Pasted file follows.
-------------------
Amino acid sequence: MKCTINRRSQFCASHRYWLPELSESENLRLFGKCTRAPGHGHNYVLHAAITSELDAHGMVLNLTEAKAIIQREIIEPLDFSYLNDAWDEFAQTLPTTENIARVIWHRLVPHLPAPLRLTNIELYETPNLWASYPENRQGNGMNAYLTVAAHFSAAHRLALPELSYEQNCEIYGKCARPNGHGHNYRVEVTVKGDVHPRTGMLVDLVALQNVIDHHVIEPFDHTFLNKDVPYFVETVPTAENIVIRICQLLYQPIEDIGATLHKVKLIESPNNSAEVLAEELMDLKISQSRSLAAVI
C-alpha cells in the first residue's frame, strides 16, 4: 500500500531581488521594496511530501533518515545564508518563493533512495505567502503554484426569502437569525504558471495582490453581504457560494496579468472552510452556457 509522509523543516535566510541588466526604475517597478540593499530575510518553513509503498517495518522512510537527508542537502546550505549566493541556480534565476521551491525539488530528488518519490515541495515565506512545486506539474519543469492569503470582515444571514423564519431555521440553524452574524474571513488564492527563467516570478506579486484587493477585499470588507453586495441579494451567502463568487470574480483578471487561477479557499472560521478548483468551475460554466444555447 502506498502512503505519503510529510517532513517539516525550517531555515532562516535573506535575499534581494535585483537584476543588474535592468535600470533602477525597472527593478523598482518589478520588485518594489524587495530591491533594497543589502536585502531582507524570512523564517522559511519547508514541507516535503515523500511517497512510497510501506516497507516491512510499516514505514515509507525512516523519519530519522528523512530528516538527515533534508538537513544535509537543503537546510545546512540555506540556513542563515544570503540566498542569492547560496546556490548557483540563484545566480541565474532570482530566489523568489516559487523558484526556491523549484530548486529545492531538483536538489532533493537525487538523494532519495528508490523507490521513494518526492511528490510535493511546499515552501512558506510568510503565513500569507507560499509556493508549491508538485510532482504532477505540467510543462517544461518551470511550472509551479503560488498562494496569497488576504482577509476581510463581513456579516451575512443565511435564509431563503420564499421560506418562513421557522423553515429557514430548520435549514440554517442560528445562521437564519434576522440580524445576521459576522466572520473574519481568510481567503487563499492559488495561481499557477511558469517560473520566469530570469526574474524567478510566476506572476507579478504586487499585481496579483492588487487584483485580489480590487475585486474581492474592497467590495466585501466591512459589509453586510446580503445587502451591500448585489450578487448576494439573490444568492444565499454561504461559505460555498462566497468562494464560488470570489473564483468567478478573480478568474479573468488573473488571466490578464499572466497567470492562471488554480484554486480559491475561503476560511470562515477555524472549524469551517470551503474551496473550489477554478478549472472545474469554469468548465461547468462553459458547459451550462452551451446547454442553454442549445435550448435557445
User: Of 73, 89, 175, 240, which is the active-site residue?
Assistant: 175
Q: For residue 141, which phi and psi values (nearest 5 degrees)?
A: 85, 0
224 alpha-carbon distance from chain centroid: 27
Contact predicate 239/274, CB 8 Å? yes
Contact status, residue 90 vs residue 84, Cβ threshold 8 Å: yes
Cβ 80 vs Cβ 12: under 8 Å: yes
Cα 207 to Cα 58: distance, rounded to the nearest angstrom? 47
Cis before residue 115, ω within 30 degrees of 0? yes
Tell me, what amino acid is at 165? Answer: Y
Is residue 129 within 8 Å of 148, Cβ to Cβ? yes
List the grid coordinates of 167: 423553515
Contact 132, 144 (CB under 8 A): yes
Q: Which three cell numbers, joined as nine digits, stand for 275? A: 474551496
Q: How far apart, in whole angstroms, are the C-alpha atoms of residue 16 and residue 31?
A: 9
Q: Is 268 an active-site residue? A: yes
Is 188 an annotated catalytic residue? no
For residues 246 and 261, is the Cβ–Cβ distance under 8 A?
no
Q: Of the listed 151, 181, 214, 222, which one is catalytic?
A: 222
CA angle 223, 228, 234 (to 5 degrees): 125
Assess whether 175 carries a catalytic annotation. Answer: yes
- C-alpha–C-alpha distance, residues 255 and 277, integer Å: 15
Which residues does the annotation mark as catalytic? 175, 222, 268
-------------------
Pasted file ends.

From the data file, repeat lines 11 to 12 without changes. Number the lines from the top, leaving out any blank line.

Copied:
Cα 207 to Cα 58: distance, rounded to the nearest angstrom? 47
Cis before residue 115, ω within 30 degrees of 0? yes